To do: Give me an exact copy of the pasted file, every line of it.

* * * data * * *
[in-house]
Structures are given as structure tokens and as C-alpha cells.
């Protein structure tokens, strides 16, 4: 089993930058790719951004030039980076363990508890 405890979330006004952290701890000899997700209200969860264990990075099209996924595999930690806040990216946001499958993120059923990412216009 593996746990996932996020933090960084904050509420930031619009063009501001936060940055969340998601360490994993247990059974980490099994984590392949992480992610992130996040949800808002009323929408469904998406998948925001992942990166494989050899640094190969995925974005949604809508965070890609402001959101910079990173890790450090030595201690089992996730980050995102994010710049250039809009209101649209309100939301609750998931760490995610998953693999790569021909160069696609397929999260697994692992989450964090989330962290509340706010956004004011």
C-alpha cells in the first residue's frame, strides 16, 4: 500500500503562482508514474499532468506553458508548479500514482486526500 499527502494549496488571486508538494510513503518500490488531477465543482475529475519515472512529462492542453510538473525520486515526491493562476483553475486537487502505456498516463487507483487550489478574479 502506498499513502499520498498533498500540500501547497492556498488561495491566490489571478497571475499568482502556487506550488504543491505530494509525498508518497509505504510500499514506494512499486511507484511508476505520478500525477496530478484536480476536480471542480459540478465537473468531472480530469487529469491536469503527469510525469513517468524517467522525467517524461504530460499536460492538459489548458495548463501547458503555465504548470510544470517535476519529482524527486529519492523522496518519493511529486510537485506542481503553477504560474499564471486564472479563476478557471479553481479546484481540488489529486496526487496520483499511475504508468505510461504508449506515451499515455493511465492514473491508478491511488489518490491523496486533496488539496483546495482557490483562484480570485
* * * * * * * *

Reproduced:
[in-house]
Structures are given as structure tokens and as C-alpha cells.
């Protein structure tokens, strides 16, 4: 089993930058790719951004030039980076363990508890 405890979330006004952290701890000899997700209200969860264990990075099209996924595999930690806040990216946001499958993120059923990412216009 593996746990996932996020933090960084904050509420930031619009063009501001936060940055969340998601360490994993247990059974980490099994984590392949992480992610992130996040949800808002009323929408469904998406998948925001992942990166494989050899640094190969995925974005949604809508965070890609402001959101910079990173890790450090030595201690089992996730980050995102994010710049250039809009209101649209309100939301609750998931760490995610998953693999790569021909160069696609397929999260697994692992989450964090989330962290509340706010956004004011």
C-alpha cells in the first residue's frame, strides 16, 4: 500500500503562482508514474499532468506553458508548479500514482486526500 499527502494549496488571486508538494510513503518500490488531477465543482475529475519515472512529462492542453510538473525520486515526491493562476483553475486537487502505456498516463487507483487550489478574479 502506498499513502499520498498533498500540500501547497492556498488561495491566490489571478497571475499568482502556487506550488504543491505530494509525498508518497509505504510500499514506494512499486511507484511508476505520478500525477496530478484536480476536480471542480459540478465537473468531472480530469487529469491536469503527469510525469513517468524517467522525467517524461504530460499536460492538459489548458495548463501547458503555465504548470510544470517535476519529482524527486529519492523522496518519493511529486510537485506542481503553477504560474499564471486564472479563476478557471479553481479546484481540488489529486496526487496520483499511475504508468505510461504508449506515451499515455493511465492514473491508478491511488489518490491523496486533496488539496483546495482557490483562484480570485